An implosion of the feminine drowning in umbral patriarchy. Power is found in coldness and harshness, but existence at a remove makes the real all the more tantalising. Yet to engage is to lose that agency to another. We narrativise our voyeurism and project insecurities, while dealing with the pain from our determinations. A precise, bold and coldly beautiful rumination that gives full-body chills.
TPT offers plenty of glimpses into Huppert's character but doesn't become a thorough portrait. I didn't want a neater psychological profile, but it doesn't examine her key relationships hard enough either, her affair with the student only coming into view in the second half. There's something a tad schematic about how this plays out. Still, Haneke delivers an unforgettable climax, and Huppert is magnificent.
Sure, a study of a bourgeoisie that'll talk Schubert but watch porn, but I usually prefer this sort of Freudian potboiler when it's pretending to be trash. That said, the biggest twist is that its kinks are revealed with tenderness and even a chance for hope. Both of which are dashed, leaving the disturbed confusion of love/sex/intimacy gone wrong when it reels from theory to practice. Huppert is enormously moving.
To me, this film introduced the reality of parallels which exist amongst the professional and the private: pre-meditation, self-discipline and maintaining control (that is, until it wasn't). It was also deeply disturbing and terribly depressing. Also a really good example as to why the spectrum of sexualities shouldn't be ostracized.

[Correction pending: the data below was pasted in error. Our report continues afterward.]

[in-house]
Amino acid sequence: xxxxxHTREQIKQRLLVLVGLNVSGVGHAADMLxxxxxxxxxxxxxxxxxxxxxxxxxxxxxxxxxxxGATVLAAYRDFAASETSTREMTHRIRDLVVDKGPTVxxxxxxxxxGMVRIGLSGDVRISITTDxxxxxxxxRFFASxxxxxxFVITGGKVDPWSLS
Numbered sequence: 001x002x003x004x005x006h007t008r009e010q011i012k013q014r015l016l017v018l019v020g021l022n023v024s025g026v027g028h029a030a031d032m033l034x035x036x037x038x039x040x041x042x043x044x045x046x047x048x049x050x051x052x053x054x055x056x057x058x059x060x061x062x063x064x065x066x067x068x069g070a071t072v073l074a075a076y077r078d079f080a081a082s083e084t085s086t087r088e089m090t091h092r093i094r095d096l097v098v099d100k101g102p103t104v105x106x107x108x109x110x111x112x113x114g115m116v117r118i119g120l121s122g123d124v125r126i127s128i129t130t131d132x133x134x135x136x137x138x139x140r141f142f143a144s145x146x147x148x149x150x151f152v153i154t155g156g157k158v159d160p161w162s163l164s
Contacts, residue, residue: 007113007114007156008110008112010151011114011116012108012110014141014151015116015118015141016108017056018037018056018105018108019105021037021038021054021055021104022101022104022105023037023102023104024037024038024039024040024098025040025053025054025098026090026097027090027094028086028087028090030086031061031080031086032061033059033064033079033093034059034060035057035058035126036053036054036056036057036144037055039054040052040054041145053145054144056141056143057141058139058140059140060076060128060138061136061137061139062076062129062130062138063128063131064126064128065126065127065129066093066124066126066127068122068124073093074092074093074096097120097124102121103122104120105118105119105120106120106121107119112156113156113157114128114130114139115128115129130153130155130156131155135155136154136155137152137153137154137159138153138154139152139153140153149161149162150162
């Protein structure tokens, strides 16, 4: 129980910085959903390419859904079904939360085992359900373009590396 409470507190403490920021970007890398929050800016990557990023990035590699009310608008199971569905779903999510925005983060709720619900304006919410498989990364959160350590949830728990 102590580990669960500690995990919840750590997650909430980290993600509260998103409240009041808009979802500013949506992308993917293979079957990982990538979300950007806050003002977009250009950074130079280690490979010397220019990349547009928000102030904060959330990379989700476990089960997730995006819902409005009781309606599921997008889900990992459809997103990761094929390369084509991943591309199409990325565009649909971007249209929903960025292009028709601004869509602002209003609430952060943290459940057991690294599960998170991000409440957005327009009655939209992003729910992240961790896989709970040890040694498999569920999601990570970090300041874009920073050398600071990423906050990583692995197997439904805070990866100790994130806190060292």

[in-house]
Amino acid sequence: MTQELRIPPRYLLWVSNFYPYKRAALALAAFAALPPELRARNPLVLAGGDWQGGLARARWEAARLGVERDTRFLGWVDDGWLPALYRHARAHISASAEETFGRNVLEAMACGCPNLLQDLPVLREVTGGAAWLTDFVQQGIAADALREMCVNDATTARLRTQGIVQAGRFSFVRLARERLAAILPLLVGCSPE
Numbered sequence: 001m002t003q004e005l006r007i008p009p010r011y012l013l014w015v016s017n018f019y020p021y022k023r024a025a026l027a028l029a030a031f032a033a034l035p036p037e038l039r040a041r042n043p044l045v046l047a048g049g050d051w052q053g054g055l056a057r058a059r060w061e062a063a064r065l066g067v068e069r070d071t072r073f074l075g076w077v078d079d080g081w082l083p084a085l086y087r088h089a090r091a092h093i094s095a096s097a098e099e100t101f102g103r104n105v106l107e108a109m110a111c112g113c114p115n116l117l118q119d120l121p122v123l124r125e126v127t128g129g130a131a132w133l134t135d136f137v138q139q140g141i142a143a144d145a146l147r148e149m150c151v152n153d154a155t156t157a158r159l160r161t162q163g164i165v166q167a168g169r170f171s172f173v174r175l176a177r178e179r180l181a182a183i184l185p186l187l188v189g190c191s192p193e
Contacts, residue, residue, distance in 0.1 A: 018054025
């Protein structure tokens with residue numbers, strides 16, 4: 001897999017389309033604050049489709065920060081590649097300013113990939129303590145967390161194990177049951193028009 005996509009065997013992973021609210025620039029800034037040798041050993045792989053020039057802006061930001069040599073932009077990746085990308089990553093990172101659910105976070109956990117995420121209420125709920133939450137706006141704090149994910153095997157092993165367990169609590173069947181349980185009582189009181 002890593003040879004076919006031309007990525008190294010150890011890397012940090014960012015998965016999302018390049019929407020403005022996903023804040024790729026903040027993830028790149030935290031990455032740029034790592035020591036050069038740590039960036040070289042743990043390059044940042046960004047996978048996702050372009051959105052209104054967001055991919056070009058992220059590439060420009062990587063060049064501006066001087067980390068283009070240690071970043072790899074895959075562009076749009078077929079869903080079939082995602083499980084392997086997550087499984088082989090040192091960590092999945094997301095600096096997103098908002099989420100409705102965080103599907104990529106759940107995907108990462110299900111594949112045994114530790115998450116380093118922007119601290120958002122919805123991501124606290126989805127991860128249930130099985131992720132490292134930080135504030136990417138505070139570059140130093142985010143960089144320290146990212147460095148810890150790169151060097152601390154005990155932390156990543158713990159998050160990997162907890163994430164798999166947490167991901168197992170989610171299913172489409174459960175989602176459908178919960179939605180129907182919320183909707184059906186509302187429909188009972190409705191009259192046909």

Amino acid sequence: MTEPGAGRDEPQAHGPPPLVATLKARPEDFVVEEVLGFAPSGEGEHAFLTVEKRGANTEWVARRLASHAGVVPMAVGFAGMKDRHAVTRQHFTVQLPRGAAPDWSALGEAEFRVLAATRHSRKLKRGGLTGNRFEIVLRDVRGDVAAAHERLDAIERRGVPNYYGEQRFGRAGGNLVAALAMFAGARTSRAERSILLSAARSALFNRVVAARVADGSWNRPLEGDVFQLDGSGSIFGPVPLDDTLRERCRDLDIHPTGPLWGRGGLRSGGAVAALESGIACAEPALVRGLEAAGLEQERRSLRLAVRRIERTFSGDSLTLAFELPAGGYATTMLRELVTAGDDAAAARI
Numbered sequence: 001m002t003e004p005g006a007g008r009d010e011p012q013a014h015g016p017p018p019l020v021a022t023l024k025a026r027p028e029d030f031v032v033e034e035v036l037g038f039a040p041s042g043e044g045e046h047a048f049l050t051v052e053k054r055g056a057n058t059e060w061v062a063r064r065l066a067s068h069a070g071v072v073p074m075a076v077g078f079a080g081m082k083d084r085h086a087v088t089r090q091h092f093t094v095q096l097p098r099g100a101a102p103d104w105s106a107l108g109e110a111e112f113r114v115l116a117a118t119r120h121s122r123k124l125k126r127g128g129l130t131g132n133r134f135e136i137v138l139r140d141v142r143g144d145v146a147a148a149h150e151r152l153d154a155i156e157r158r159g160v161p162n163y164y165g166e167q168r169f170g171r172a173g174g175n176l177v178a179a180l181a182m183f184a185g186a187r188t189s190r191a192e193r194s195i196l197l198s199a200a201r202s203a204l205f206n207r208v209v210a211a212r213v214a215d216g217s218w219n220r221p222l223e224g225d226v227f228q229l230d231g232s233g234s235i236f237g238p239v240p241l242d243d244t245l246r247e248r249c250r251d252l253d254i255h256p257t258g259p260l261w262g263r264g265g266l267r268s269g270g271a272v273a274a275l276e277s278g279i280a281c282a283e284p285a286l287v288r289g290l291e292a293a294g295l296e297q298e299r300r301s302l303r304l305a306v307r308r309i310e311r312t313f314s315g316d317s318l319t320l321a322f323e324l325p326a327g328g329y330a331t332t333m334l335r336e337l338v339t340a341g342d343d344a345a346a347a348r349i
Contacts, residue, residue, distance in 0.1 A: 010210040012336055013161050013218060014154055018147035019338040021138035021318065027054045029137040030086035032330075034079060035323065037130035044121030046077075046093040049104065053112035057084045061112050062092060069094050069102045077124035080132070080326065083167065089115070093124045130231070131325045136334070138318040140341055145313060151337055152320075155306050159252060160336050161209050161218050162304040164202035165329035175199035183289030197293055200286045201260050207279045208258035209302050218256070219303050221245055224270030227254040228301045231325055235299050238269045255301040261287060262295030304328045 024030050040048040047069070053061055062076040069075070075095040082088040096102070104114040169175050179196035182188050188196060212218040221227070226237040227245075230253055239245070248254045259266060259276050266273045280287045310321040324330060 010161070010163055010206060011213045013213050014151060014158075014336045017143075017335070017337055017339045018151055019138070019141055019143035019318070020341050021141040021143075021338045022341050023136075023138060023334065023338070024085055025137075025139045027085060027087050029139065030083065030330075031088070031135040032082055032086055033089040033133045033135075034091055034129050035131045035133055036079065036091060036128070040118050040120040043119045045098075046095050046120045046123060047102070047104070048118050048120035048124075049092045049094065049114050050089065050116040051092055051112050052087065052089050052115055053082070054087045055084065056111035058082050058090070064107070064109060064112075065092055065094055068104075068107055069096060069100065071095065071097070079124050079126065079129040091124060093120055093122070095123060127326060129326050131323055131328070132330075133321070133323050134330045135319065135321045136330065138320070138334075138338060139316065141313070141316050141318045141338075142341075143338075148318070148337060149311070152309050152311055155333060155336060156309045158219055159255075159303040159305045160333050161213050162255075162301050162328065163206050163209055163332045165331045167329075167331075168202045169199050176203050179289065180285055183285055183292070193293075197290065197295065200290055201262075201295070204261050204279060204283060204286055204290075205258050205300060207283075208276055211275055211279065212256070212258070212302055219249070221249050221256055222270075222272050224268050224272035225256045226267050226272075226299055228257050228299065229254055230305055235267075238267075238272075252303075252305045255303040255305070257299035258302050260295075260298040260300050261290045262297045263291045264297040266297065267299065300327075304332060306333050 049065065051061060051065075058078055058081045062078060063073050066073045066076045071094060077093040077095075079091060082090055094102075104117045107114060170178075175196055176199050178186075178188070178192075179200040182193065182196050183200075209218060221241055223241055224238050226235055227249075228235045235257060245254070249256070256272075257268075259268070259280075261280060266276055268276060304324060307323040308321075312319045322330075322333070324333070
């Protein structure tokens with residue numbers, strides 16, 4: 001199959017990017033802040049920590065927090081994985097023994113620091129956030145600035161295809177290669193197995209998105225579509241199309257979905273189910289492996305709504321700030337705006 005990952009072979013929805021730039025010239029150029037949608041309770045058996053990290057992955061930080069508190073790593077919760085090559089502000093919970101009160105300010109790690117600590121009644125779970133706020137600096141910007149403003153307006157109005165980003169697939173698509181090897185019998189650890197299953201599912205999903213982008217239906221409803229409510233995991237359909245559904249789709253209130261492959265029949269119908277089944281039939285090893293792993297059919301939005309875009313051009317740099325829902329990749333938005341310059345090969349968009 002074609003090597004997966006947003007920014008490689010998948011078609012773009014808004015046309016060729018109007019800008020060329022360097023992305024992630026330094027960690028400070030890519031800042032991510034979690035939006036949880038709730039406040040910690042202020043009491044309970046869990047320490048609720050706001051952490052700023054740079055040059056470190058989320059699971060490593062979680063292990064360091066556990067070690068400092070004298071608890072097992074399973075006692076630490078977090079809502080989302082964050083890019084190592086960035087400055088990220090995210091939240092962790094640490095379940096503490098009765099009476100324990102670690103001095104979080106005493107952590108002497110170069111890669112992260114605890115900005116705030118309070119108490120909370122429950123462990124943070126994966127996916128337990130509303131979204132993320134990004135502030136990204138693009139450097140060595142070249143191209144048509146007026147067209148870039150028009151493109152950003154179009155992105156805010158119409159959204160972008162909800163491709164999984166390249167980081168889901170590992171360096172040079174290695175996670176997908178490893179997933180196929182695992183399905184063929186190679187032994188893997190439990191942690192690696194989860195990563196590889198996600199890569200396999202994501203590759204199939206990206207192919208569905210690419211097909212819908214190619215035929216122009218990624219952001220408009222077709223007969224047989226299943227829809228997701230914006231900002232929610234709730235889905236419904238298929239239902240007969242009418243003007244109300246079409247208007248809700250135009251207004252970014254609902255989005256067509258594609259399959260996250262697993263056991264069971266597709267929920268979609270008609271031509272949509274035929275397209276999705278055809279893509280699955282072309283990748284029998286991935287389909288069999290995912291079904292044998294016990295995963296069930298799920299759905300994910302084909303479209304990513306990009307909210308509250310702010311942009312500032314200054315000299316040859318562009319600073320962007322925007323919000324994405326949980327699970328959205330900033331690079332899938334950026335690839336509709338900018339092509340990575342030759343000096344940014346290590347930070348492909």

Haneke is such a master. first time seeing this one (!) and it is excellent, although not sure I'd say it's my personal favourite of his. Huppert is fantastic here, no denying that. as with all Haneke films the editing, camera work and sound - all top notch. the ending is pretty much perfect, Haneke easily has some of the best endings ever, can't think of a single film of his that doesn't end strongly.
One of the ultimate character studies, and a disquieting immersion in a really disturbed and repressed psyche. Haneke manages to create enormous empathy for an unlikable character without resorting to any melodramatic device, while Isabelle Huppert gives the performance of a lifetime; what she does in this movie is just beyond acting, you can't help but feel sad for her.
Great at being disturbing – yet touching – Haneke's 'La pianiste' deserves every praise it received. The narrative is a bit fragmented, but gives an even stronger sense of alienation to the life of the main character. The topics of pent-up sexuality, violence and psichological instability are excellently conveyed through cause-effect mechanism (their actions) that baffle both the viewers and the characters.